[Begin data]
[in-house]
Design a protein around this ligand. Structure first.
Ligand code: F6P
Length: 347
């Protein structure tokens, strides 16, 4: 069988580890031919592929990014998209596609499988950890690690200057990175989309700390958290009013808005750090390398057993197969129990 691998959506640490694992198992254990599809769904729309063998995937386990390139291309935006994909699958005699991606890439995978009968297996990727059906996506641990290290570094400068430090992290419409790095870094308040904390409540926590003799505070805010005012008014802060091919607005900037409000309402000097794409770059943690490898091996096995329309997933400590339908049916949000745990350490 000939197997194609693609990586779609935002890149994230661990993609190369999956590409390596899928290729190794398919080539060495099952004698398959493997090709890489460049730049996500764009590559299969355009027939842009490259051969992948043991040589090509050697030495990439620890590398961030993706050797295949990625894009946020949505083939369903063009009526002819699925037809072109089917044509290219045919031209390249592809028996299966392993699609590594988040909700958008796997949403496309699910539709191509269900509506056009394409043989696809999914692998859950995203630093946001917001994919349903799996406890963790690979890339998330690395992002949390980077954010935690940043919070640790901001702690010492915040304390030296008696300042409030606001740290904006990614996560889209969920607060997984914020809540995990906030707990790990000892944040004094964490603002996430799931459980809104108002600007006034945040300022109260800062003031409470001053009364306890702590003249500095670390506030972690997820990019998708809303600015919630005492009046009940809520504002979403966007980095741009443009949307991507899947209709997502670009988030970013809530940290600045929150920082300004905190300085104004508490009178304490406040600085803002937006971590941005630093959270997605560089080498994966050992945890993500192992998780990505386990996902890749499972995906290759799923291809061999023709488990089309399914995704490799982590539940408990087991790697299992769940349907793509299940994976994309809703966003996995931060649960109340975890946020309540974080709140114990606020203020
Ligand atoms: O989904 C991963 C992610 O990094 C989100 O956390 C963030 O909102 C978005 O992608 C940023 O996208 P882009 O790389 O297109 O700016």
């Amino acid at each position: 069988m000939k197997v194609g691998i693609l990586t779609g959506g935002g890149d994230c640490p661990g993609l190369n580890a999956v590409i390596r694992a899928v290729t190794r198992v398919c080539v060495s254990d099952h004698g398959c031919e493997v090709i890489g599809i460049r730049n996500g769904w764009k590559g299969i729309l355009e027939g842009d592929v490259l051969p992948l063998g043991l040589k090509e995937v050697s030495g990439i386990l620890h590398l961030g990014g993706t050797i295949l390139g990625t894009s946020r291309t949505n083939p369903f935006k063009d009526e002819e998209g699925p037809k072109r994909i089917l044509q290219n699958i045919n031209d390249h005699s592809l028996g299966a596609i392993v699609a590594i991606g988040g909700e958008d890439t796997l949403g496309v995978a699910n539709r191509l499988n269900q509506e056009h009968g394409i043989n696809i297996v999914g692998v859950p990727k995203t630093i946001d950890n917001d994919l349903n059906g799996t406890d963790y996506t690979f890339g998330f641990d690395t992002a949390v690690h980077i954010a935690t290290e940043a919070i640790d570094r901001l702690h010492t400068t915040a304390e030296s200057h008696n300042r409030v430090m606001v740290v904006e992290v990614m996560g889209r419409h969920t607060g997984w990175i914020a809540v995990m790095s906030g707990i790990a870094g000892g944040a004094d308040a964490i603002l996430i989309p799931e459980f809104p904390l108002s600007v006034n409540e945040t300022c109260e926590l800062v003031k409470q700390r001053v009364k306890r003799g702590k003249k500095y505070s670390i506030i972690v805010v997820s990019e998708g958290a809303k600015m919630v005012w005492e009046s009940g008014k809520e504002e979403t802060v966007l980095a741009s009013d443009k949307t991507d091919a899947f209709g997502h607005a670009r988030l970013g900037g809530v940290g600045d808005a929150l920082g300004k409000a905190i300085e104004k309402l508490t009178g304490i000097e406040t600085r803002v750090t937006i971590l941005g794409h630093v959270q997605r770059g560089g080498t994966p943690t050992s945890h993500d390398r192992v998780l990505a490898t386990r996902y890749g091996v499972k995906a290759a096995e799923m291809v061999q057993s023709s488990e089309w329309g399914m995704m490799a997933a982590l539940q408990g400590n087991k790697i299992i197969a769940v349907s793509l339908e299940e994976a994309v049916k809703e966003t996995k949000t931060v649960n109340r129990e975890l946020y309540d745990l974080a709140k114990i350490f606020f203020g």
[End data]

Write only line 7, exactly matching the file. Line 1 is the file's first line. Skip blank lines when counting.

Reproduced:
């Amino acid at each position: 069988m000939k197997v194609g691998i693609l990586t779609g959506g935002g890149d994230c640490p661990g993609l190369n580890a999956v590409i390596r694992a899928v290729t190794r198992v398919c080539v060495s254990d099952h004698g398959c031919e493997v090709i890489g599809i460049r730049n996500g769904w764009k590559g299969i729309l355009e027939g842009d592929v490259l051969p992948l063998g043991l040589k090509e995937v050697s030495g990439i386990l620890h590398l961030g990014g993706t050797i295949l390139g990625t894009s946020r291309t949505n083939p369903f935006k063009d009526e002819e998209g699925p037809k072109r994909i089917l044509q290219n699958i045919n031209d390249h005699s592809l028996g299966a596609i392993v699609a590594i991606g988040g909700e958008d890439t796997l949403g496309v995978a699910n539709r191509l499988n269900q509506e056009h009968g394409i043989n696809i297996v999914g692998v859950p990727k995203t630093i946001d950890n917001d994919l349903n059906g799996t406890d963790y996506t690979f890339g998330f641990d690395t992002a949390v690690h980077i954010a935690t290290e940043a919070i640790d570094r901001l702690h010492t400068t915040a304390e030296s200057h008696n300042r409030v430090m606001v740290v904006e992290v990614m996560g889209r419409h969920t607060g997984w990175i914020a809540v995990m790095s906030g707990i790990a870094g000892g944040a004094d308040a964490i603002l996430i989309p799931e459980f809104p904390l108002s600007v006034n409540e945040t300022c109260e926590l800062v003031k409470q700390r001053v009364k306890r003799g702590k003249k500095y505070s670390i506030i972690v805010v997820s990019e998708g958290a809303k600015m919630v005012w005492e009046s009940g008014k809520e504002e979403t802060v966007l980095a741009s009013d443009k949307t991507d091919a899947f209709g997502h607005a670009r988030l970013g900037g809530v940290g600045d808005a929150l920082g300004k409000a905190i300085e104004k309402l508490t009178g304490i000097e406040t600085r803002v750090t937006i971590l941005g794409h630093v959270q997605r770059g560089g080498t994966p943690t050992s945890h993500d390398r192992v998780l990505a490898t386990r996902y890749g091996v499972k995906a290759a096995e799923m291809v061999q057993s023709s488990e089309w329309g399914m995704m490799a997933a982590l539940q408990g400590n087991k790697i299992i197969a769940v349907s793509l339908e299940e994976a994309v049916k809703e966003t996995k949000t931060v649960n109340r129990e975890l946020y309540d745990l974080a709140k114990i350490f606020f203020g």